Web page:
Clinical Rheumatology

, Volume 38, Issue 12, pp 3459–3469 | Cite as

Clinical spectrums and outcomes of necrotizing autoimmune myopathy versus other idiopathic inflammatory myopathies: a multicenter case-control study

  • Khemmapop Yongchairat
  • Jantima Tanboon
  • Jariya Waisayarat
  • Pongthorn Narongroeknawin
  • Parawee Chevaisrakul
  • Charungthai Dejthevaporn
  • Wanruchada KatchamartEmail author
Original Article



To investigate the clinical characteristics, laboratory features, and treatment outcomes of Thai patients compared between those with necrotizing autoimmune myopathy (NAM) and those with other idiopathic inflammatory myopathies (IIMs) or non-NAM.


This multicenter case-control study included patients aged ≥ 18 years who were diagnosed with IIMs by muscle pathology, and who had relevant clinical and laboratory data, including muscle enzymes, from at least 3 follow-up visits during a 1-year period. Baseline clinical and laboratory data were recorded. Serum myositis-specific autoantibodies (MSAs) were obtained on the date of recruitment.


Of the 70 included patients, 67% had NAM, and 33% had non-NAM. The mean age of patients was 50.5 ± 15.9 years, 67% were female, and the median duration of symptoms was 2 months (IQR, 1–4). History of cancer was significantly higher in non-NAM (21.7% vs. 2.1%, p = 0.01). Gottron’s papules were significantly more prevalent in non-NAM (21.7% vs. 4.3%, p = 0.04). Non-NAM had a higher prevalence of anti-Mi-2a (17.4% vs. 2.1%, p = 0.04) and Mi-2b (17.4% vs. 0.0%, p = 0.01); however, the presence of other MSAs, including anti-HMGCR and anti-SRP, was similar between groups. Improvement in motor power and treatment intensification with glucocorticoid and/or immunosuppressive agents 3 times throughout the follow-up period was similar between groups (NAM 46.8% vs. non-NAM 34.8%, p = 0.34).


NAM is indistinguishable from non-NAM by clinical manifestations, serology, or laboratory findings, except that pathognomonic skin sign of Gottron’s papules and anti-Mi2 are suggestive of dermatomyositis. The integration of clinical, serological, and pathological data is essential for making a diagnosis of NAM.

Key Points

NAM is indistinguishable from non-NAM by clinical manifestations, serology, or laboratory findings.

• The integration of clinical, serological, and pathological data is essential for making a diagnosis of NAM.


Anti-HMGCR Idiopathic inflammatory myopathy Myositis-specific autoantibodies Necrotizing autoimmune myopathy Outcomes 



The authors gratefully acknowledge Mrs. Phakhamon Thaweeratthakul, BSc (nursing), MSc (public health), for blood sample collection; Ms. Khemajira Karaketklang, BSc (nursing), MPH, for statistical analysis; Assoc. Prof. Ronnachai Viriyataweekul, MD, of the Department of Clinical Pathology for technical support; and Mr. Chakriwong Ma-on and Ms. Ampa Changnam of the Department of Pathology for slide preparation.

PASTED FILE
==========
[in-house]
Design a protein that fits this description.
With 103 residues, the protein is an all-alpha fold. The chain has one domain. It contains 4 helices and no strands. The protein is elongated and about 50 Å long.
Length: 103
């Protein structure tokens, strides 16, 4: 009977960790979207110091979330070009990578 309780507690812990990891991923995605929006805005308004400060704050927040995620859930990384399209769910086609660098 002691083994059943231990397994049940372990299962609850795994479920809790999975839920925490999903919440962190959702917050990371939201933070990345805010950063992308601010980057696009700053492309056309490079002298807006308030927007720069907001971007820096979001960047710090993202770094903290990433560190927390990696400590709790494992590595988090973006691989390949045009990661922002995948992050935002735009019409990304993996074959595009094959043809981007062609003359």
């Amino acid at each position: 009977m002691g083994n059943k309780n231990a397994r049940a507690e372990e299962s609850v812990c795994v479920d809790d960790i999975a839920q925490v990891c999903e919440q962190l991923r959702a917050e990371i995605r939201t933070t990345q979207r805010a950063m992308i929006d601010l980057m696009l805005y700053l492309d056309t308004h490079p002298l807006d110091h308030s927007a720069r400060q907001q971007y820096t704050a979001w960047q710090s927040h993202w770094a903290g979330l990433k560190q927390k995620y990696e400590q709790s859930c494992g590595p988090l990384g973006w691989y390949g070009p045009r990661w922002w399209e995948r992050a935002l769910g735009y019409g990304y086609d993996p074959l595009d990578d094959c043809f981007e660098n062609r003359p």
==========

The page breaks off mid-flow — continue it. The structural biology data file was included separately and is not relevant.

Authors’ contributions

All authors made substantial contributions to the conception, design of the work, the acquisition, analysis, interpretation of data, drafted the work or substantively revised it, and approved the submitted version.

Funding disclosure

This study was funded by a Siriraj Research Grant from the Faculty of Medicine Siriraj Hospital, Mahidol University (grant no. R 016132020).

Compliance with ethical standards

The protocol for this study was approved by the Institutional Review Board (SIRB) of the Faculty of Medicine Siriraj Hospital, Mahidol University (COA no. SI 040/2018), the Ethical Clearance Committee on Human Rights Related to Research Involving Human Subjects of the Faculty of Medicine Ramathibodi Hospital, Mahidol University (MURA) (COA no. 2018/57), and the Institutional Review Board Committee of the Royal Thai Army Medical Department (IRBRTA) (COA no. S068h/60). All procedures performed in this study that involved human participants were in accordance with the ethical standards of the institutional and/or national research committee, and with the 1964 Helsinki Declaration and its later amendments or comparable ethical standard. Written informed consent was obtained from all individual participants included in this study.




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Copyright information

© International League of Associations for Rheumatology (ILAR) 2019

Authors and Affiliations

  • Khemmapop Yongchairat
    • 1
  • Jantima Tanboon
    • 2
  • Jariya Waisayarat
    • 3
  • Pongthorn Narongroeknawin
    • 4
  • Parawee Chevaisrakul
    • 5
  • Charungthai Dejthevaporn
    • 6
  • Wanruchada Katchamart
    • 1
    Email author
  1. 1.Division of Rheumatology, Department of Medicine, Faculty of Medicine Siriraj HospitalMahidol UniversityBangkokThailand
  2. 2.Department of Pathology, Faculty of Medicine Siriraj HospitalMahidol UniversityBangkokThailand
  3. 3.Department of Pathology, Faculty of Medicine Ramathibodi HospitalMahidol UniversityBangkokThailand
  4. 4.Rheumatic Disease Unit, Department of Internal MedicinePhramongkutklao Hospital and Phramongkutklao College of MedicineBangkokThailand
  5. 5.Division of Allergy, Immunology, and Rheumatology, Department of Medicine, Faculty of Medicine Ramathibodi HospitalMahidol UniversityBangkokThailand
  6. 6.Division of Neurology, Department of Medicine, Faculty of Medicine Ramathibodi HospitalMahidol UniversityBangkokThailand

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